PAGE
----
The term “surd” has diverse meanings across different fields, each rooted in its Latin origin from the word “surdus,” meaning “deaf” or “mute.”

  1. Mathematics: In this domain, “surd” refers to an irrational number, particularly one that cannot be expressed as a simple fraction and whose square root (or other root) cannot be simplified into a rational number. The term was originally used by the Arabic mathematician Al-Khwarizmi who described these numbers as “asl asamm” (deaf root in Arabic), which was later translated into Latin as “radix surda.” This reflects the concept that such numbers are, metaphorically speaking, “mute” or “silent” because they do not clearly “speak” to their exact values, being inexpressible in a straightforward fractional form.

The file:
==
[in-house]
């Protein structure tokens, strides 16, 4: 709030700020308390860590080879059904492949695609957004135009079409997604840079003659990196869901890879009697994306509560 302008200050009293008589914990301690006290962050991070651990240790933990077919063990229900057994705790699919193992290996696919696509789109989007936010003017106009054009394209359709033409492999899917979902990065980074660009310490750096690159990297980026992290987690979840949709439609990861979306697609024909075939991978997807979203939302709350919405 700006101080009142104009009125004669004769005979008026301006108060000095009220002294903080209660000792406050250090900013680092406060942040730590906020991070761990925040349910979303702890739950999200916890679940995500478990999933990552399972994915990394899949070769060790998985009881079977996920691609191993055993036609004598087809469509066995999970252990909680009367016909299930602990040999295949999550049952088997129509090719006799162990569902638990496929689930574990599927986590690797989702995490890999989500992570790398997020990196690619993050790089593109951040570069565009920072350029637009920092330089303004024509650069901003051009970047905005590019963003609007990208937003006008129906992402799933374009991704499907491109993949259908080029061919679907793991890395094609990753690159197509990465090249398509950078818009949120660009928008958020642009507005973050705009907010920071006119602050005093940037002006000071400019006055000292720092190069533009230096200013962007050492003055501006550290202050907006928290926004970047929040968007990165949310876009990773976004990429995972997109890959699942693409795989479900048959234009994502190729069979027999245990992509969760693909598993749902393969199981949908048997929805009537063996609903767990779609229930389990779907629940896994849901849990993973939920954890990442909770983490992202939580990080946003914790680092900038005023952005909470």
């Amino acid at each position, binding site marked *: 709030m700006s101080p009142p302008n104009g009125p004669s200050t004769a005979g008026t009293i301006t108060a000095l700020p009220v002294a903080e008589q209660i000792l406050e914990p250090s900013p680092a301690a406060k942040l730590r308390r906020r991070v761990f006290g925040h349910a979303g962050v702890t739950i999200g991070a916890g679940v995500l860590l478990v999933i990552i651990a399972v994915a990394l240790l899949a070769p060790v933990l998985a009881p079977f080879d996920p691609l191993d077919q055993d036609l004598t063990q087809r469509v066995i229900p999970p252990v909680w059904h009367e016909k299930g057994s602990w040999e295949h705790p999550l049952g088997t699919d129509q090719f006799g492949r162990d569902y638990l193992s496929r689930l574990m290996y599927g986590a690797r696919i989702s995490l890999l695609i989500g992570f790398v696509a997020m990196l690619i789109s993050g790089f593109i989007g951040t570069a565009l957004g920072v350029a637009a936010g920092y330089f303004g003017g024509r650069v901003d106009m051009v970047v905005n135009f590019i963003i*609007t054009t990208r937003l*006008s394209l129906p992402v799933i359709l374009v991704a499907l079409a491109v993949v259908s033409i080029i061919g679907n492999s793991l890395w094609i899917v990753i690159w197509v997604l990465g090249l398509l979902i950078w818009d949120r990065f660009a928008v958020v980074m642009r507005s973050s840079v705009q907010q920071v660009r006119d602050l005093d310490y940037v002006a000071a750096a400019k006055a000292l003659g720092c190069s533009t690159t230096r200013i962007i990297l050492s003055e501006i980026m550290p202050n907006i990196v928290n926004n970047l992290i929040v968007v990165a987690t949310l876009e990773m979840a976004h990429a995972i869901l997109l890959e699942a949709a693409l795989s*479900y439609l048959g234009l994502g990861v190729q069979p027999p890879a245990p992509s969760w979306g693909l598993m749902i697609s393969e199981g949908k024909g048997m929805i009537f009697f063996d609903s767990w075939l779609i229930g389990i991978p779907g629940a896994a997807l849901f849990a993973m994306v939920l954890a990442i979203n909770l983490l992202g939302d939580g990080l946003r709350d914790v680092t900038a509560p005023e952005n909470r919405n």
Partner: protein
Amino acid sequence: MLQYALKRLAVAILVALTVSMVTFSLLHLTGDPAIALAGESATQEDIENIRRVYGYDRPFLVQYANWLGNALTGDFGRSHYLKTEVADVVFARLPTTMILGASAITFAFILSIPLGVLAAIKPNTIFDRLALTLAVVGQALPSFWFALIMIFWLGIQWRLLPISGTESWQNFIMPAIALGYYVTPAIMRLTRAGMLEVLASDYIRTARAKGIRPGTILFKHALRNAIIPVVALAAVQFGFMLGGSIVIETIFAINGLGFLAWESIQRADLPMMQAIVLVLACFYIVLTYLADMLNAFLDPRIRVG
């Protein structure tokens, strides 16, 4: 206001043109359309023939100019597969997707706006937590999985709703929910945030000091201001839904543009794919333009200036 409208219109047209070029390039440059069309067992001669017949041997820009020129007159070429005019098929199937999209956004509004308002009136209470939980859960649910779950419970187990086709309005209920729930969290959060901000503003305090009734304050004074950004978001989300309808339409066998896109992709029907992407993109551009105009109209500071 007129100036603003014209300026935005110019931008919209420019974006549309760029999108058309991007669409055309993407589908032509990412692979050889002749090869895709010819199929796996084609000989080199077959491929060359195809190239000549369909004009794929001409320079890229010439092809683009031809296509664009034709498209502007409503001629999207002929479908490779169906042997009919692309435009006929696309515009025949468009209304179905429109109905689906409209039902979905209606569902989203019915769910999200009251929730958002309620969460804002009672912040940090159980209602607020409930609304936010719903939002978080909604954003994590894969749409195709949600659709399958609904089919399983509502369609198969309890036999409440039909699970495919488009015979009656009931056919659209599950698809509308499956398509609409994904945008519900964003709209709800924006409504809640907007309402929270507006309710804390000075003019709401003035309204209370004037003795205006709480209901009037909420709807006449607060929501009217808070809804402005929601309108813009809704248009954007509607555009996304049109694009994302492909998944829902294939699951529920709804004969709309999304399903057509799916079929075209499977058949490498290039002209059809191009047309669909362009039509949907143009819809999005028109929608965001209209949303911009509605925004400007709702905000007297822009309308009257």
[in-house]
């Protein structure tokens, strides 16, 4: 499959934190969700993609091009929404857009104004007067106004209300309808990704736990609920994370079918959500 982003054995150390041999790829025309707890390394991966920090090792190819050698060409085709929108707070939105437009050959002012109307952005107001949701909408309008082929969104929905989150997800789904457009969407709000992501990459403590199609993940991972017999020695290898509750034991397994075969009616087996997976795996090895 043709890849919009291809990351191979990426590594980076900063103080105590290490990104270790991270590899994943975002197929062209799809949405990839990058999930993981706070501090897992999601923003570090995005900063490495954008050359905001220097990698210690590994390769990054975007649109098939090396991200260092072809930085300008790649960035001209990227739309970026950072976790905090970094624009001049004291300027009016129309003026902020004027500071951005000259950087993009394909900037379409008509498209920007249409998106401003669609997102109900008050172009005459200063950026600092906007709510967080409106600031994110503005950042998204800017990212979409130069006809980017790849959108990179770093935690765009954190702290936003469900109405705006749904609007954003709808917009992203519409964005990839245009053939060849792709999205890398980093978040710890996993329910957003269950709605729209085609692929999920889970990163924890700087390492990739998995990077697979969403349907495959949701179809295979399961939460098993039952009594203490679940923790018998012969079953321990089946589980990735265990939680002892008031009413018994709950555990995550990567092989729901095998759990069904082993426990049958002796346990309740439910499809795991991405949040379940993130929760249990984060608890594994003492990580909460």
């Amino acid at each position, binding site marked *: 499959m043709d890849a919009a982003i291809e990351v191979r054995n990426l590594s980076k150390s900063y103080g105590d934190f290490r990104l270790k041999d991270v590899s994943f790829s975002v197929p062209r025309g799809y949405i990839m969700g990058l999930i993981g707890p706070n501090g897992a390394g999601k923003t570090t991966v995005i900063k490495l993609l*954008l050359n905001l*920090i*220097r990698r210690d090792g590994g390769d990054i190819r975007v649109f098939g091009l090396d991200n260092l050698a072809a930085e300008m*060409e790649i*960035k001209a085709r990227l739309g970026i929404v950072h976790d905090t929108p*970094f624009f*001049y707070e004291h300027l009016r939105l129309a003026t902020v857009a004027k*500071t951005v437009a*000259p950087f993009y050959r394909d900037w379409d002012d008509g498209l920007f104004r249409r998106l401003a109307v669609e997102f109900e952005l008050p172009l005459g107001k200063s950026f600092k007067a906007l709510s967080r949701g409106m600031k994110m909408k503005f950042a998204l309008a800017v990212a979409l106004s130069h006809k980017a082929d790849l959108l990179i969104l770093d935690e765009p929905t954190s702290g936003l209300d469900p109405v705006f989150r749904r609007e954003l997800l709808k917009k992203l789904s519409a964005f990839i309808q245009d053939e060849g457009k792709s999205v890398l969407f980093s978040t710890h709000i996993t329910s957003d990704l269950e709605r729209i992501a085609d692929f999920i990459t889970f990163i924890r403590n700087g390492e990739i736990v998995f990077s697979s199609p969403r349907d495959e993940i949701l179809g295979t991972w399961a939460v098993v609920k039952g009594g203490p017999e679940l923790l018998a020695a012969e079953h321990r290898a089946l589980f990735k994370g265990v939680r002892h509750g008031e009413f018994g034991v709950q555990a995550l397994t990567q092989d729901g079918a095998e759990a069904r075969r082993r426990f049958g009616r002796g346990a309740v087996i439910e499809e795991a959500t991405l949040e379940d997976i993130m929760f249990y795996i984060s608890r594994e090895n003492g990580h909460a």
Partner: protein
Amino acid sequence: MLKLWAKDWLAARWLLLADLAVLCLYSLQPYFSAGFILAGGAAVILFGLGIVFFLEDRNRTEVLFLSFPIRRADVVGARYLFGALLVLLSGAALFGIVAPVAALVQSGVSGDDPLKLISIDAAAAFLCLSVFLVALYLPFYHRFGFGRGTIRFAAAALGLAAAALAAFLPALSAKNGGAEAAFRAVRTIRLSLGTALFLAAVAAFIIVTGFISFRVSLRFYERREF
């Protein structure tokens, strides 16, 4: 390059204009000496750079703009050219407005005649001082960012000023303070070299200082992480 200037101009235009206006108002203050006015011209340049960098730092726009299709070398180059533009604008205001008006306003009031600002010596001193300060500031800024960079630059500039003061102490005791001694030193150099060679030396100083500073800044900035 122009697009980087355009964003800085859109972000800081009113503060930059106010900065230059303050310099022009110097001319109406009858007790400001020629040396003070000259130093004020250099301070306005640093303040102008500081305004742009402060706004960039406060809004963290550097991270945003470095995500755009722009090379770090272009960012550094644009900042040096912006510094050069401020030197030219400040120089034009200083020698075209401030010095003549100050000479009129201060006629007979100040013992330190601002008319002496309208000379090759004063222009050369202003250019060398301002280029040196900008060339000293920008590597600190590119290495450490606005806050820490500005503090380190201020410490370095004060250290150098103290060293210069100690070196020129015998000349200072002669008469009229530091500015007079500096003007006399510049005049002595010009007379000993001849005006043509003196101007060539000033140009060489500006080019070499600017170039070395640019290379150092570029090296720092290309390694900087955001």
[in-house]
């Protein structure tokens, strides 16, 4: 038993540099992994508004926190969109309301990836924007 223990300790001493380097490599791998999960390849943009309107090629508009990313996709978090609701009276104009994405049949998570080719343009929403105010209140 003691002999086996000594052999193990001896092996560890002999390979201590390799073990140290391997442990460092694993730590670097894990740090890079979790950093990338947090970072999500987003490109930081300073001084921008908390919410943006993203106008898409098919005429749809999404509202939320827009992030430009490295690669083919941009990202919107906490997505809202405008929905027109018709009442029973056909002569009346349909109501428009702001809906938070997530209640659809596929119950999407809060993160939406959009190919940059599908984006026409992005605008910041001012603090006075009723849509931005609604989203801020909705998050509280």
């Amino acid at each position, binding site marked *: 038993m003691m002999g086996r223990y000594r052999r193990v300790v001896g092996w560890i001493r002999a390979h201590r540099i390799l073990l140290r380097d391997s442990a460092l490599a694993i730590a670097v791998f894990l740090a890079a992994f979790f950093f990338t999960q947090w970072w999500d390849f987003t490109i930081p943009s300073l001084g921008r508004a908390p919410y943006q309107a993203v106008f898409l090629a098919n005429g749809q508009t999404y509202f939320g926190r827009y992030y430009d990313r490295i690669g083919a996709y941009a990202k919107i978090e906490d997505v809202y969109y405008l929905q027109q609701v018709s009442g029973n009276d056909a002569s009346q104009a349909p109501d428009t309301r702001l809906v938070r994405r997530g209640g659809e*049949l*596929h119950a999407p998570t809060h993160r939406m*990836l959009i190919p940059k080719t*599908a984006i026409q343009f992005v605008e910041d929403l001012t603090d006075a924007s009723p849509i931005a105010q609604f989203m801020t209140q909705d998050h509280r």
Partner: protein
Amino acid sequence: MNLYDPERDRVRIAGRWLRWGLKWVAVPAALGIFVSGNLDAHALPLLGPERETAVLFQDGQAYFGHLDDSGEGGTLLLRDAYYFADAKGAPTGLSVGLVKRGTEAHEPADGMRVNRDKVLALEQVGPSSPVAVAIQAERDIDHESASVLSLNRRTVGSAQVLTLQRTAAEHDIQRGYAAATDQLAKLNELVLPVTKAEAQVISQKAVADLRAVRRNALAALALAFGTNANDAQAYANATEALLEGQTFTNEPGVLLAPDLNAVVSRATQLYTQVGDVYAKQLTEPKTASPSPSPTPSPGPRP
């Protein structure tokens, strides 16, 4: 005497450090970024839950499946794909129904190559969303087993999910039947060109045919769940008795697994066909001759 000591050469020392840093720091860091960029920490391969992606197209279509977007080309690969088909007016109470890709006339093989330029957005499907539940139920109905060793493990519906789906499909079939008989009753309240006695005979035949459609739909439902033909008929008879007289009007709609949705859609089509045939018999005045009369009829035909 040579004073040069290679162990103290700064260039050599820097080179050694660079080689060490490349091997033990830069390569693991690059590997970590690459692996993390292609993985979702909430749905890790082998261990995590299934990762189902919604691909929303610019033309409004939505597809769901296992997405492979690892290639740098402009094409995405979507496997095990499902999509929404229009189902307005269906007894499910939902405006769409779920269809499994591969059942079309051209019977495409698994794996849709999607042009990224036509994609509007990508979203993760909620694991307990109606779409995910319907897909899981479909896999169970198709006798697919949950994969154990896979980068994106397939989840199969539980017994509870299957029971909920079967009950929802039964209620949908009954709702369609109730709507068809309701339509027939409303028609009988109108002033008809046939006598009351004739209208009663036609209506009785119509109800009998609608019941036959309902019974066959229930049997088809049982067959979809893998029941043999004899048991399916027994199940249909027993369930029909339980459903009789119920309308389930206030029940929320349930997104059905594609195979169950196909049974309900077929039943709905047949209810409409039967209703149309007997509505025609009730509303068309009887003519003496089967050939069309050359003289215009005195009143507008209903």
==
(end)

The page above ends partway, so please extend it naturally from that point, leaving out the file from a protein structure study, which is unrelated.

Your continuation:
2. Phonetics: In linguistics, “surd” is used to describe voiceless sounds made without the vibration of the vocal cords. This definition again plays on the Latin meaning of “surdus,” as these sounds are “unvoiced” or “silent” in the sense that they lack the vocalic resonance that voiced sounds carry. In phonetics, surds contrast with sonants (or sonorants), which include any sound made with vocal cord vibration.

Thus, whether in the context of abstract mathematical concepts or the concrete mechanics of speech, the essence of “surd” remains consistent with its Latin roots, symbolizing aspects that are unspoken, indistinct, or inaudible.